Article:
Patulous Eustachian Tube Patients With Respiratory Fluctuation of Tympanic Membrane in Both Sitting and Supine Positions: A Sign of Severity of Disease?

Yusuke Kusano, Yoshinobu Kawamura, Ryoukichi Ikeda, Hidetoshi Oshima, Toshiaki Kikuchi, Tetsuaki Kawase, Yukio Katori, Toshimitsu Kobayashi

Research output: Contribution to journalArticlepeer-review

Abstract

OBJECTIVE: The aim is to report four cases of patulous Eustachian tube (PET) patients with respiratory fluctuation of the tympanic membrane (TM) even in the supine position, and to examine the frequency and characteristics of such patients. PATIENTS: There were 195 ears (99 right ears and 96 left ears) from 146 cases (56 male and 90 female subjects aged 8-88, average 48.0 ± 18.9 yrs) diagnosed with definite PET by diagnostic criteria proposed by Japan Otologic Society (JOS) between January 2017 and December 2019 at Sen-En Rifu Hospital. Patients who presented with respiratory fluctuation of the TM in both the sitting and supine positions were examined. MAIN OUTCOME MEASURES: Clinical patient records, the severity of subjective symptoms (PET handicap inventory-10 [PHI-10]), objective ET function tests (tubo-tympano-aerodynamic graphy [TTAG] and sonotubometry), and sitting three-dimensional computed tomography (3-D CT) were analyzed. RESULTS: Six ears (3.1%) of four cases (2.7%) exhibited respiratory fluctuation of the TM, even in the supine position. In these six ears (four cases), the PHI-10 score ranged from 16 to 36 with three ears exhibiting PHI-10 score equal to or exceeding 26 (in the category of severe handicap). Sitting CT indicated the findings of completely open ET in only two ears. All ears but one were managed by conservative treatment. CONCLUSION: Respiratory fluctuation of the TM in both the sitting and supine positions was observed in 2.7% of the definite PET patients. Surprisingly, such findings can be an indication of neither the subjective nor objective severity of the disease. Therefore, even for PET patients with such findings, surgery should not be immediately proposed, but rather, conservative management should be undertaken first.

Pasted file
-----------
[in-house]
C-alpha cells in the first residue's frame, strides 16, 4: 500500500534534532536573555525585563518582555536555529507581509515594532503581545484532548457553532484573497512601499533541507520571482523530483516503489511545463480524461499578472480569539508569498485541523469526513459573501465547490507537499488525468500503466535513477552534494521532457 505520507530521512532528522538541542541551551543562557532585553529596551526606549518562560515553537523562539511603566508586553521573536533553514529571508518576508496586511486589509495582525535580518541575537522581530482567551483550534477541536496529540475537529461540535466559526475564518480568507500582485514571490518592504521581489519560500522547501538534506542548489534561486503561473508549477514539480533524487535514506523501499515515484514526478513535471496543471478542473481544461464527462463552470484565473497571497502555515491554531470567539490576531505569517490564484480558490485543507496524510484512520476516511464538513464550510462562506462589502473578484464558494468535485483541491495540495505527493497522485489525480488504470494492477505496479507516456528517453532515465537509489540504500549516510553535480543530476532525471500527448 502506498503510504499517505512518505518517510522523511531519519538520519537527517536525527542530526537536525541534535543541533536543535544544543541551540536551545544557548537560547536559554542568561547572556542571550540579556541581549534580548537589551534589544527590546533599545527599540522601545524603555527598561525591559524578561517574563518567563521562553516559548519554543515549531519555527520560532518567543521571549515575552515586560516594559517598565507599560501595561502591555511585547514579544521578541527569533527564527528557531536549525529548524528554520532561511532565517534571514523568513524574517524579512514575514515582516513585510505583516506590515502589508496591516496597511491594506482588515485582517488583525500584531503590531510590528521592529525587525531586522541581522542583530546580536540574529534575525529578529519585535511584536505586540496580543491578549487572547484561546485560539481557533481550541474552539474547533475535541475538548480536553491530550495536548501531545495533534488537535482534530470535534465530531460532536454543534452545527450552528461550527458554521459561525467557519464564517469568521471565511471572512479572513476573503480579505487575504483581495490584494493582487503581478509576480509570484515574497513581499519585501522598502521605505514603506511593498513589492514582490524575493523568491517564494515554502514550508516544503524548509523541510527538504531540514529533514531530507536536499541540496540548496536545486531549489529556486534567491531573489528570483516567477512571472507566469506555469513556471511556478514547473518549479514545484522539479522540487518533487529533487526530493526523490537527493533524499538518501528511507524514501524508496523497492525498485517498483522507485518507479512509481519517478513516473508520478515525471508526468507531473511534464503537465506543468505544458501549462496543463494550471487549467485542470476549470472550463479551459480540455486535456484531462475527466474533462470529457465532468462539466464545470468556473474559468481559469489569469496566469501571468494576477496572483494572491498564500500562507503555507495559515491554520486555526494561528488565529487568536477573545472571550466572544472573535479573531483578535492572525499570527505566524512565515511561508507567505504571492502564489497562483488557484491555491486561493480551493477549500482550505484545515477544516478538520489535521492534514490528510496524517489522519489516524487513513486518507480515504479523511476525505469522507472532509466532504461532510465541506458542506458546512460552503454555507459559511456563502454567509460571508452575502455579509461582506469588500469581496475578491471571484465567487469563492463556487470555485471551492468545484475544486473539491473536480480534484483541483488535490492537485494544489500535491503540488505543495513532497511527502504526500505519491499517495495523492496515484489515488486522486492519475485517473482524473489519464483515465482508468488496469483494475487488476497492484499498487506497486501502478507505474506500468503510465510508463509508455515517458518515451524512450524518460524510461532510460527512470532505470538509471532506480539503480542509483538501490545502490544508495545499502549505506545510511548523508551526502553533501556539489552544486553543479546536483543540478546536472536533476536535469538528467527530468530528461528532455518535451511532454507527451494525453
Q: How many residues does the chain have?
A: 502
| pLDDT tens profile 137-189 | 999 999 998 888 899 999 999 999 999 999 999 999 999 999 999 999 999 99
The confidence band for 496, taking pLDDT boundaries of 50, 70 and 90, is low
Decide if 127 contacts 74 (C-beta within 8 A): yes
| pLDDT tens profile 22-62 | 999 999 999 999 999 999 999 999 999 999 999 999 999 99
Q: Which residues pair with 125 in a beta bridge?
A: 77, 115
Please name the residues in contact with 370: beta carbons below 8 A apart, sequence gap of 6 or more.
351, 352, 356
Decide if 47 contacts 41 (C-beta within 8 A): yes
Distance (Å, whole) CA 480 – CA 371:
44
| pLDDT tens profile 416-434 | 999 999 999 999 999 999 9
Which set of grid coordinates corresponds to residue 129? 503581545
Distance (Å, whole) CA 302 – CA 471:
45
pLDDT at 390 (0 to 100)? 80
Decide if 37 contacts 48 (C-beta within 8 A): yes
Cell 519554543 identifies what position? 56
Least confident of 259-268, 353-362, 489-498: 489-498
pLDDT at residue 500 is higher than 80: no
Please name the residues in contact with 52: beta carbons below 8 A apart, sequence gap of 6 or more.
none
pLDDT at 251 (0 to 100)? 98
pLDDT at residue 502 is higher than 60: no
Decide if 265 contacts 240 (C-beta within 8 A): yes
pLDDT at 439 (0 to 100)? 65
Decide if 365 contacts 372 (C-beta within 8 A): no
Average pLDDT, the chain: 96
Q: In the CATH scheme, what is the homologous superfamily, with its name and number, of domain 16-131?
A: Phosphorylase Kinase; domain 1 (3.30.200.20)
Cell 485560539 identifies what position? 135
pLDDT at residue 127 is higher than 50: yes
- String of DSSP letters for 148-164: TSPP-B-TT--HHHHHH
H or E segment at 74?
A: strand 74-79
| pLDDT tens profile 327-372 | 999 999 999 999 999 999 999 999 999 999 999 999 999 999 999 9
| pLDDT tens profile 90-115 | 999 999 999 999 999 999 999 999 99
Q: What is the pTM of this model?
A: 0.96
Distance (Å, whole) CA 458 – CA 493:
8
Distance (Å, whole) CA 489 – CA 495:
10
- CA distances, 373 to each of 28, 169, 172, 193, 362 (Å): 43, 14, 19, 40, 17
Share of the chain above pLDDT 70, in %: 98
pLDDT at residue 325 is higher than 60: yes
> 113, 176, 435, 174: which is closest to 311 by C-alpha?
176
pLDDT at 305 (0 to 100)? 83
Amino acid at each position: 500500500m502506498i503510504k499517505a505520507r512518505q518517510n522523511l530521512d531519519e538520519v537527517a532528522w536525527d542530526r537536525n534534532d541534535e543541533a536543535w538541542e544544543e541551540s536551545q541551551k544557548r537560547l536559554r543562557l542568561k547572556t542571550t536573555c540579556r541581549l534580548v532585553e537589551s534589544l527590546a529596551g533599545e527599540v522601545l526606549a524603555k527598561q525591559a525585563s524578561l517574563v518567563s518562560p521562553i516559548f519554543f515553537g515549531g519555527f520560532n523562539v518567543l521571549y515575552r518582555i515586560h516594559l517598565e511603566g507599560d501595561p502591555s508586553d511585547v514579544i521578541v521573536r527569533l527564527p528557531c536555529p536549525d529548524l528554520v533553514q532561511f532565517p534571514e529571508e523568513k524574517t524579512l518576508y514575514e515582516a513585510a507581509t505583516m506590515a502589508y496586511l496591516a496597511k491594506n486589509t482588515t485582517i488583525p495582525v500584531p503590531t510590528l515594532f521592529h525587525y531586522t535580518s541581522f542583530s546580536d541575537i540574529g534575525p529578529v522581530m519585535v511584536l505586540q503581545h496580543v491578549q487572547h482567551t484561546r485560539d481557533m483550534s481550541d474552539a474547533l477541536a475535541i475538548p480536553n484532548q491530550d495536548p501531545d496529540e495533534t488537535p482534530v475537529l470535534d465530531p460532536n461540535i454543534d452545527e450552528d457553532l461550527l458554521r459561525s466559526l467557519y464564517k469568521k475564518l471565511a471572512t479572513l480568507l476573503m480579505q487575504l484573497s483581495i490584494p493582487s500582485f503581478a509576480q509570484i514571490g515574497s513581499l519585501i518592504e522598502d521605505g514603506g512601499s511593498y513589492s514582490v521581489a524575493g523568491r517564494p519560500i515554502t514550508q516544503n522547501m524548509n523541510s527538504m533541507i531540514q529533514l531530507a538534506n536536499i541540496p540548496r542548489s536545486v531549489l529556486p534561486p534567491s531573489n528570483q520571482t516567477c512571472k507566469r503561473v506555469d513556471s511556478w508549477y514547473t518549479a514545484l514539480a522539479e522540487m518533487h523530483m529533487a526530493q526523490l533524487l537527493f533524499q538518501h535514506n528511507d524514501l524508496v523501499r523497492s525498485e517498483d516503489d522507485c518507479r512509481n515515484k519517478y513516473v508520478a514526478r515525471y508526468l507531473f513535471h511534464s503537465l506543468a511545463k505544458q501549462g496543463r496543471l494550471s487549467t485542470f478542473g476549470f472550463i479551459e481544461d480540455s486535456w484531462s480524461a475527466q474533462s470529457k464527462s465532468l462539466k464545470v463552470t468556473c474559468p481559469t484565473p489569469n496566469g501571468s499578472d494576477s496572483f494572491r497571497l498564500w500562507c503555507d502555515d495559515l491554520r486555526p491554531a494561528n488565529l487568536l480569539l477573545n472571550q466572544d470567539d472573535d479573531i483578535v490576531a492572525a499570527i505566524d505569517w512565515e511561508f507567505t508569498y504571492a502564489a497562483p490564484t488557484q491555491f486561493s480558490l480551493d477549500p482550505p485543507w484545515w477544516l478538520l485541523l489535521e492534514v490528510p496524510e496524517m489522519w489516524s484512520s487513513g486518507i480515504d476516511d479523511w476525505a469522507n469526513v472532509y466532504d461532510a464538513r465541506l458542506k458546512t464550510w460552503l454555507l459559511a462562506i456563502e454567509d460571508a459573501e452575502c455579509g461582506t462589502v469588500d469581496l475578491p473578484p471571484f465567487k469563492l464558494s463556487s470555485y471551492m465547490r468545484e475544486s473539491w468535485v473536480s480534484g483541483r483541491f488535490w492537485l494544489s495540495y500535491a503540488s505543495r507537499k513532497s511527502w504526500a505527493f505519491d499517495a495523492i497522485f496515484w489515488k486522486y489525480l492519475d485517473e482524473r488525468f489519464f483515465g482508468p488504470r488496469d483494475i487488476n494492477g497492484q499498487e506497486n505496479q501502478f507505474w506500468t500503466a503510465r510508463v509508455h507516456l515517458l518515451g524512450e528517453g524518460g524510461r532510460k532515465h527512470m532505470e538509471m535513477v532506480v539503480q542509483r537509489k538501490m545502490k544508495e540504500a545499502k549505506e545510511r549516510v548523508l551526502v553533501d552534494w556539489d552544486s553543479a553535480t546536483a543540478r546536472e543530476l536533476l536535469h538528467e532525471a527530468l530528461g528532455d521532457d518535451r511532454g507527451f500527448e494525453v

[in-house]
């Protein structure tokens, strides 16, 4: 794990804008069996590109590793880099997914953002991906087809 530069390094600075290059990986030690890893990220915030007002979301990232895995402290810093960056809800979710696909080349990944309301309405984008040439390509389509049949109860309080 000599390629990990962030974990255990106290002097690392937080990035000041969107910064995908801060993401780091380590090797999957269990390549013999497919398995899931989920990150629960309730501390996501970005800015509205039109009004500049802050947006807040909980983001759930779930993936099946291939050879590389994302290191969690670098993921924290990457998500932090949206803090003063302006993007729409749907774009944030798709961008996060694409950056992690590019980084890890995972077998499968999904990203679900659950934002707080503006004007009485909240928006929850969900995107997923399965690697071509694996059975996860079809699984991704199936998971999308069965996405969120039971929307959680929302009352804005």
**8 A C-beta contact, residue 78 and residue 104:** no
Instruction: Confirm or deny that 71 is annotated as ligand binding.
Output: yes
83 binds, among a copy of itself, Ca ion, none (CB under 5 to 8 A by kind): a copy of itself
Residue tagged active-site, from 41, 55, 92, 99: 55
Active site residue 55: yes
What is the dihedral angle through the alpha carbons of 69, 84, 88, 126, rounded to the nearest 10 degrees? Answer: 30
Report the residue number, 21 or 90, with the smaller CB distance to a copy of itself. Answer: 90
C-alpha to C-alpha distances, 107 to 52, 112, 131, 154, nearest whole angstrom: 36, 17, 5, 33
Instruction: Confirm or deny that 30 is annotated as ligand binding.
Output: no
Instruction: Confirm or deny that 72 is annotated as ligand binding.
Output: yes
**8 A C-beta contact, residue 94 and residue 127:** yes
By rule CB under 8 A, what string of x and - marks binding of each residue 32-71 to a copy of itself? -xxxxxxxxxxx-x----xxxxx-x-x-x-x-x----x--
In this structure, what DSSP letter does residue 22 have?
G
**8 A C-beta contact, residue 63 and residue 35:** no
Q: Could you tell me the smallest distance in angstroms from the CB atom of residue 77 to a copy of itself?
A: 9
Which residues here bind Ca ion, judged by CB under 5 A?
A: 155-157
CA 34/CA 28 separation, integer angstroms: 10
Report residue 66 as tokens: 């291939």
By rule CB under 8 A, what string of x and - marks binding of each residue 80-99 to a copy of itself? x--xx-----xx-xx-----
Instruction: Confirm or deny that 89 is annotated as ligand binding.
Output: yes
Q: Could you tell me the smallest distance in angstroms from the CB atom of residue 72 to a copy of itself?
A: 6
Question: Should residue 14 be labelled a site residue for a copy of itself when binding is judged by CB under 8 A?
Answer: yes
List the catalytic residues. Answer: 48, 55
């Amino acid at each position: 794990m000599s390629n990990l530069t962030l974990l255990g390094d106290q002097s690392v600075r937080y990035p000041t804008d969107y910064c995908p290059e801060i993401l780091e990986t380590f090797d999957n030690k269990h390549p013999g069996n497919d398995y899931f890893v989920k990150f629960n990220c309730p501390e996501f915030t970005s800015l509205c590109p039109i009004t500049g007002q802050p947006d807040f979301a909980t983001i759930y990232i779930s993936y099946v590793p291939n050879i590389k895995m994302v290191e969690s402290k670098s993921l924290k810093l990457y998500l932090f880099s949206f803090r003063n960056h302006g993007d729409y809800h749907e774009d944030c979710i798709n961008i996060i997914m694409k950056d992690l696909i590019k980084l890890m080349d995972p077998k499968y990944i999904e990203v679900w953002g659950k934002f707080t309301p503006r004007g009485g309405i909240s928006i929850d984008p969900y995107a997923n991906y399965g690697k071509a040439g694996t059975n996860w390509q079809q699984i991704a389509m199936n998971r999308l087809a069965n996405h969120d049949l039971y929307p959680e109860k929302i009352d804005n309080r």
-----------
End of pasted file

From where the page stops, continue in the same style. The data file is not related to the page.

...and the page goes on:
ASJC Scopus subject areas

  • Otorhinolaryngology
  • Sensory Systems
  • Clinical Neurology

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